(Pictured above on the right, Jack Wrather)
Walt Disney was out of cash. Construction of Disneyland—set to open in four months time—proceeded at a frantic pace, but there was no money for an upscale hotel where guests could stay. Enter Jack Wrather.
John Devereaux “Jack” Wrather, Jr. was born on May 24, 1918, in Amarillo, Texas. After receiving a bachelor of arts degree from the University of Texas in 1939, Jack took a series of jobs in the oil industry: pipeline walker, wildcatter, and construction supervisor. In 1940, he took control of his father’s oil interests, expanding the Wrather Petroleum Company into a highly successful business.
Jack served in the United States Marine Corps in World War II and was released from duty in December 1945 with the rank of Captain. Convinced that the Hollywood entertainment industry was poised for huge post-war growth, Jack moved to California, where he met and married 24-year-old actress Bonita Granville. Together they built a home in the Holmby Hills area of Los Angeles, not far from where Walt Disney lived.
During the decade from 1946-1955, Jack produced feature films for various Hollywood studios, some of which starred his wife. Never one to rest on his laurels, he diversified his company into numerous other entertainment ventures, including Capitol Records, the TelePrompter Corporation, and Muzak, Inc., where he was chairman. Jack also founded KCET-TV Channel 28, a Los Angeles public television station. He also jumped into producing programs for television, achieving astounding success with three of the most popular shows of that time: Sergeant Preston of the Yukon, eight seasons of The Lone Ranger, and an incredible 20 years of Lassie.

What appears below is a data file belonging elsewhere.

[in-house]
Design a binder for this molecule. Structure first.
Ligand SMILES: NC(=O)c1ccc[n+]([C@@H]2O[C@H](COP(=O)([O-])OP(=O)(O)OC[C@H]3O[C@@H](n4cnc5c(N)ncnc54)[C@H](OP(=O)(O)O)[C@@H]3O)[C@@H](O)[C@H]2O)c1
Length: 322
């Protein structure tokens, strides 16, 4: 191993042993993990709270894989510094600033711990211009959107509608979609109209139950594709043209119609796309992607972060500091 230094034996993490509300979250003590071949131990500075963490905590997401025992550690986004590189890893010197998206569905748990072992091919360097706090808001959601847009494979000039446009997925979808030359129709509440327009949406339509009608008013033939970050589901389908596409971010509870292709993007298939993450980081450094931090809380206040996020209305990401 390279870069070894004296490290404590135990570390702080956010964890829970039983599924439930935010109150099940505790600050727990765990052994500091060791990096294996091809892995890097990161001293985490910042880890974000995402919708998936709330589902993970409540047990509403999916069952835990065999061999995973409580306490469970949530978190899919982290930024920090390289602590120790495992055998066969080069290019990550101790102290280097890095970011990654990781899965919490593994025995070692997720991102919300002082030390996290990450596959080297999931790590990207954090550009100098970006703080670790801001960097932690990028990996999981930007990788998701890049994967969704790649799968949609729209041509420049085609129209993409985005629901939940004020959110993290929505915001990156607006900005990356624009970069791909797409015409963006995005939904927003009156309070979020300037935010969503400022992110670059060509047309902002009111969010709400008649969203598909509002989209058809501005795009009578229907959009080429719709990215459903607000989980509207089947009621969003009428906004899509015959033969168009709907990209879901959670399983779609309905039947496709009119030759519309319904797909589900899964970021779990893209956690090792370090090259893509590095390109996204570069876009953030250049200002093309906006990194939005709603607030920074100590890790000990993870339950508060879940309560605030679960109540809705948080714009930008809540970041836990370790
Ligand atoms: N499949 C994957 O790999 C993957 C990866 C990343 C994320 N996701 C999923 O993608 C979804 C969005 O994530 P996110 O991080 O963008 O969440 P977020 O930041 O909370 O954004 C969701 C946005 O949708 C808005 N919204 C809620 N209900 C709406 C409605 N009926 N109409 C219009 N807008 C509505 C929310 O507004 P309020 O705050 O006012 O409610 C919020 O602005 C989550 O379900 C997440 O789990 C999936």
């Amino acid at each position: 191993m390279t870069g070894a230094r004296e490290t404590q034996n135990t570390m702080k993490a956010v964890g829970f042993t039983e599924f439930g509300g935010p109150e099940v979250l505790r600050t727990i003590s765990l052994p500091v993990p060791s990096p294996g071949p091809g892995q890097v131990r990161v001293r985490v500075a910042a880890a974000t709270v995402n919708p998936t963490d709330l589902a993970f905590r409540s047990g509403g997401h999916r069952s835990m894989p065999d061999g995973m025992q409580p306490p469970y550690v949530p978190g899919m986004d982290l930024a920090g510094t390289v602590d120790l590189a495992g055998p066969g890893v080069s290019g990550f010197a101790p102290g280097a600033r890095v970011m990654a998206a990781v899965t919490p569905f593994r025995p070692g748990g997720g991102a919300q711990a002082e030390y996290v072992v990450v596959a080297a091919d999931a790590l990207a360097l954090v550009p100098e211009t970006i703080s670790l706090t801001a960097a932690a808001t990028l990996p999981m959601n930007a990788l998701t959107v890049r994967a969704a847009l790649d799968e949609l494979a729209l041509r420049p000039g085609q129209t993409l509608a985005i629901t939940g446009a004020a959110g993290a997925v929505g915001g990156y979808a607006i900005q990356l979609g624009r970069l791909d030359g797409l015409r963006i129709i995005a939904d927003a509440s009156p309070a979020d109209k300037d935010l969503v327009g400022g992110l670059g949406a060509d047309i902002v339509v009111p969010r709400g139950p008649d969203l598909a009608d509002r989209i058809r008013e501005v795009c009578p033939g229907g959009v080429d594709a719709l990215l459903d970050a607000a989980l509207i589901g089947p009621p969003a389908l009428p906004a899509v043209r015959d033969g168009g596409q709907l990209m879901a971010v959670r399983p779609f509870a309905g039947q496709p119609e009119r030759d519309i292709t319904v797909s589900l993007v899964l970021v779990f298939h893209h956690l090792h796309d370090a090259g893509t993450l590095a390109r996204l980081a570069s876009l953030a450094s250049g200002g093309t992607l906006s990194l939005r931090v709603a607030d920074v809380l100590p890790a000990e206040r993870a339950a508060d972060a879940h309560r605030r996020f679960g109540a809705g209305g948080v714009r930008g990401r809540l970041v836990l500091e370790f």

Jack further diversified into the hotel business in 1954, striking a deal with Walt Disney to build a luxury family hotel on property adjacent to Walt’s theme park. Ground was broken on March 18, 1955, officiated by Jack, Bonita, and Anaheim Mayor Charles Pearson. The Disneyland Hotel opened six and a half months later—104 rooms in five two-story buildings at a starting room rate of $15. The Hotel, originally conceived as simple lodging, presaged future developments in how Americans entertained themselves.
It pioneered, as Jack’s son Chris wrote, “new forms of dining as entertainment, shopping as entertainment, and the use of a waterfront setting” in an urban environment.
The Hotel grew as Disneyland did, even changing the skyline of Orange County with the addition of its first high-rise building, the 11-story Sierra Tower addition in 1962.
In September 1980, Jack made another indelible mark on the development of tourism in Southern California. Wrather Port Properties signed a 66-year lease for the rights to manage the retired luxury liner Queen Mary, berthed in Long Beach harbor since her final voyage in 1967. He spent more than $25 million to restore the ship and turned her former stateroom cabins into hotel accommodations. In 1981, as a favor to his longtime friend Howard Hughes, Jack saved the airplane known as the “Spruce Goose” from demolition and gave it a new home next to the Queen Mary, where it remained under a giant white dome until it was moved in 1992 to an aviation museum in Oregon.
Jack passed away at the age of 66 on November 12, 1984. His son Chris later remembered him this way: “My father had the notion that business should be fun. He had more fun with the Disneyland Hotel than with any other investment.”